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The Institute of Human Development and Social Change

The Institute of Human Development and Social Change (IHDSC) supports rigorous research and training across social, behavioral, educational, policy, communication, and health sciences. Through collaborative and interdisciplinary research, IHDSC works to bridge the disconnect between the science of human development and policies and practices that affect children, youth, and families in diverse contexts.

IHDSC represents a dynamic collaboration among three NYU schools: Steinhardt School of Culture, Education, and Human Development; Faculty of Arts and Science; and Robert F. Wagner Graduate School of Public Service.

Toward an Inclusive Future: Research, Policy, and Practice for Equity in Education

We invite you to join the upcoming "Toward an Inclusive Future: Research, Policy, and Practice for Equity in Education'' conference to share experiences, discuss strategies, and generate new approaches to promote inclusivity and equity in education.

Learn More and Register for the Conference
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For Researchers

IHDSC supports rigorous research and training, cultivating research through seed awards, working groups, and individualized grant support from conception through closeout.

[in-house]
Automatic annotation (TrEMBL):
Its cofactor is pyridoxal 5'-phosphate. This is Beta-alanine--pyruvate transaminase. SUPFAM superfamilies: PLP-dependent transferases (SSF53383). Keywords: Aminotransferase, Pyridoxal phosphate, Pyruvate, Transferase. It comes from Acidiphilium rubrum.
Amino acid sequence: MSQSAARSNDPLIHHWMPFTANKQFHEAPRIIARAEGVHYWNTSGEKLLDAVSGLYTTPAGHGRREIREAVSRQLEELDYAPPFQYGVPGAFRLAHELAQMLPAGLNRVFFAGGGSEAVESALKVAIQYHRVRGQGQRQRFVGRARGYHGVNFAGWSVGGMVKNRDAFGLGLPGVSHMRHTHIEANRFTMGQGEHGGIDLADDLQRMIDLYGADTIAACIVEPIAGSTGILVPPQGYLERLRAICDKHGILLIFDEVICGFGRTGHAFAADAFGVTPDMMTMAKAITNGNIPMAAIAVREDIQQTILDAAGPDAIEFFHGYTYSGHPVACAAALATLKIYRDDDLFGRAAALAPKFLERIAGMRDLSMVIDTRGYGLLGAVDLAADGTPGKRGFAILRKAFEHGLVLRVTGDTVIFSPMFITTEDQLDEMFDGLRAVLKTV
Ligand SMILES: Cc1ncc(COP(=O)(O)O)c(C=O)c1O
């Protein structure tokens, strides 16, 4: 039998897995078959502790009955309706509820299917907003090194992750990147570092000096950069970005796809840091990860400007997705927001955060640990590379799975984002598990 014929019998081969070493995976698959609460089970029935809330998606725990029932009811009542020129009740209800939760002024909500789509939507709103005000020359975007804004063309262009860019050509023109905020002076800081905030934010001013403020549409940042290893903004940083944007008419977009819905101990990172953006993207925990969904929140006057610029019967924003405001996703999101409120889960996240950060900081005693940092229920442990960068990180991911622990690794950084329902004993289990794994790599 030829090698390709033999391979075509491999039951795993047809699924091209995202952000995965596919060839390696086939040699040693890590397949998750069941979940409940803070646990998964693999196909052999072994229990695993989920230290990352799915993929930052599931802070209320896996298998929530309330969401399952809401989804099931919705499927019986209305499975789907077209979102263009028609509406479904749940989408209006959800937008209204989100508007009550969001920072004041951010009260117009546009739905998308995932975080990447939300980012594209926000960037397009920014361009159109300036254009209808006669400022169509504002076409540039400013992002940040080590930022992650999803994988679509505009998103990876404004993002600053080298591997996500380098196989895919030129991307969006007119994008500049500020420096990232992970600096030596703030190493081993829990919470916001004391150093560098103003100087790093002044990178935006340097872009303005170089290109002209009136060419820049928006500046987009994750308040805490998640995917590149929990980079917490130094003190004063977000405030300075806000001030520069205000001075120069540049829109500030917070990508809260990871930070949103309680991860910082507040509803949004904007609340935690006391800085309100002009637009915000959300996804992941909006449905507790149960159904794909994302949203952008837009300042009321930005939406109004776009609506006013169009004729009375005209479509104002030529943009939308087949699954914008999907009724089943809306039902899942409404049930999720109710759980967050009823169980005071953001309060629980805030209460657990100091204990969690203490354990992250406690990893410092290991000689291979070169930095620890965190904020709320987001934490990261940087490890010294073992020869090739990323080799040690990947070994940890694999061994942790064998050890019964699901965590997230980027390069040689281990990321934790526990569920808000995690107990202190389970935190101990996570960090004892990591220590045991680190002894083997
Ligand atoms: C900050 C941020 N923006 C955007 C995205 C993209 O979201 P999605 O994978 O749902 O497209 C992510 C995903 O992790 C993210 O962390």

Learn about Researcher Support

For Partners

IHDSC partners with researchers, policymakers, and practitioners to conduct research, develop training, and create mutually beneficial opportunities for networking and professional development.

Learn about Partnering with IHDSC

Unraveling Inequality, Expanding Opportunity

Inequality is prevalent in health, education, justice, and technology — in our own backyard and around the globe. Enriching opportunities that engender positive outcomes are distributed inequitably to children and youth in our communities. To bring groundbreaking, rigorous research and collaborative engagement to bear on this challenge, the Institute’s theme is “Unraveling Inequality, Expanding Opportunity.”

What does this mean for the year ahead?
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Latest News & Updates

BlackCreate Framework: Dr. Lauren Mims Illustrates How Effective Black Creative Educational Experiences Create Space for Creative Expression and Education

In their article, Dr. Lauren Mims, assistant professor of applied psychology, and colleagues illustrate how effective Black creative educational experiences create fugitive spaces for creative expression and education.

NYU Global TIES for Children Finds Substantial Impact from Groundbreaking Ahlan Simsim Initiative Combining Educational Media and Early Childhood Services

New research from NYU Global TIES for Children finds substantial impact on children’s language, numeracy, and social-emotional development from Ahlan Simsim programs.

Siwei Cheng Selected for William T. Grant Scholars Class of 2028

We are pleased to announce that Dr. Siwei Cheng, Associate Professor of Sociology at NYU and IHDSC Faculty Affiliate, has been selected for the William T. Grant Scholars Class of 2028.

Researchers Launch Database with New Classification System for Minority-Serving Institutions in US